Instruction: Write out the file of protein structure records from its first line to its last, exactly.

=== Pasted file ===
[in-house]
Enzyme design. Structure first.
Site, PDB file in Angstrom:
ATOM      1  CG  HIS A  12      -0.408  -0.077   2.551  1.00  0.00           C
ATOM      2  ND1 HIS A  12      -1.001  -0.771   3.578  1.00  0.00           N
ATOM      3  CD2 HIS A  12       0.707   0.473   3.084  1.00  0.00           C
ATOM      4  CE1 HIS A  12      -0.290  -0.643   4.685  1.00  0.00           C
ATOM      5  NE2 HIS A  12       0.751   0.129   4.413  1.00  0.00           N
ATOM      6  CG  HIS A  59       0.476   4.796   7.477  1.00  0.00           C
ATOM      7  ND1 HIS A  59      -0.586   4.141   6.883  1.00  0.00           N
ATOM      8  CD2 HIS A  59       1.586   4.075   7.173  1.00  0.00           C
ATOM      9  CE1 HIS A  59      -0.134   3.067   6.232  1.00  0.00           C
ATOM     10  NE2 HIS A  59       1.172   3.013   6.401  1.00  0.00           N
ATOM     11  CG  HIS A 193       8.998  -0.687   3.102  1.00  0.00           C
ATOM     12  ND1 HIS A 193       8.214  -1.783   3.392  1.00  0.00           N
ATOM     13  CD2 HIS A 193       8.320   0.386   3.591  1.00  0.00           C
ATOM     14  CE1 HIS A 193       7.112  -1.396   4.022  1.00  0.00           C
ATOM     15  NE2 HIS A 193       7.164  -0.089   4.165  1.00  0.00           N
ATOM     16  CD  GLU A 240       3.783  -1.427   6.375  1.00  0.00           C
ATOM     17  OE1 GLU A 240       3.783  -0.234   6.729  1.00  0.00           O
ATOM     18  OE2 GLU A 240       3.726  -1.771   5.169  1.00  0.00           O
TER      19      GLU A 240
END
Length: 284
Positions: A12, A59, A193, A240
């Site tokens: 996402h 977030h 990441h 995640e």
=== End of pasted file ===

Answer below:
[in-house]
Enzyme design. Structure first.
Site, PDB file in Angstrom:
ATOM      1  CG  HIS A  12      -0.408  -0.077   2.551  1.00  0.00           C
ATOM      2  ND1 HIS A  12      -1.001  -0.771   3.578  1.00  0.00           N
ATOM      3  CD2 HIS A  12       0.707   0.473   3.084  1.00  0.00           C
ATOM      4  CE1 HIS A  12      -0.290  -0.643   4.685  1.00  0.00           C
ATOM      5  NE2 HIS A  12       0.751   0.129   4.413  1.00  0.00           N
ATOM      6  CG  HIS A  59       0.476   4.796   7.477  1.00  0.00           C
ATOM      7  ND1 HIS A  59      -0.586   4.141   6.883  1.00  0.00           N
ATOM      8  CD2 HIS A  59       1.586   4.075   7.173  1.00  0.00           C
ATOM      9  CE1 HIS A  59      -0.134   3.067   6.232  1.00  0.00           C
ATOM     10  NE2 HIS A  59       1.172   3.013   6.401  1.00  0.00           N
ATOM     11  CG  HIS A 193       8.998  -0.687   3.102  1.00  0.00           C
ATOM     12  ND1 HIS A 193       8.214  -1.783   3.392  1.00  0.00           N
ATOM     13  CD2 HIS A 193       8.320   0.386   3.591  1.00  0.00           C
ATOM     14  CE1 HIS A 193       7.112  -1.396   4.022  1.00  0.00           C
ATOM     15  NE2 HIS A 193       7.164  -0.089   4.165  1.00  0.00           N
ATOM     16  CD  GLU A 240       3.783  -1.427   6.375  1.00  0.00           C
ATOM     17  OE1 GLU A 240       3.783  -0.234   6.729  1.00  0.00           O
ATOM     18  OE2 GLU A 240       3.726  -1.771   5.169  1.00  0.00           O
TER      19      GLU A 240
END
Length: 284
Positions: A12, A59, A193, A240
């Site tokens: 996402h 977030h 990441h 995640e």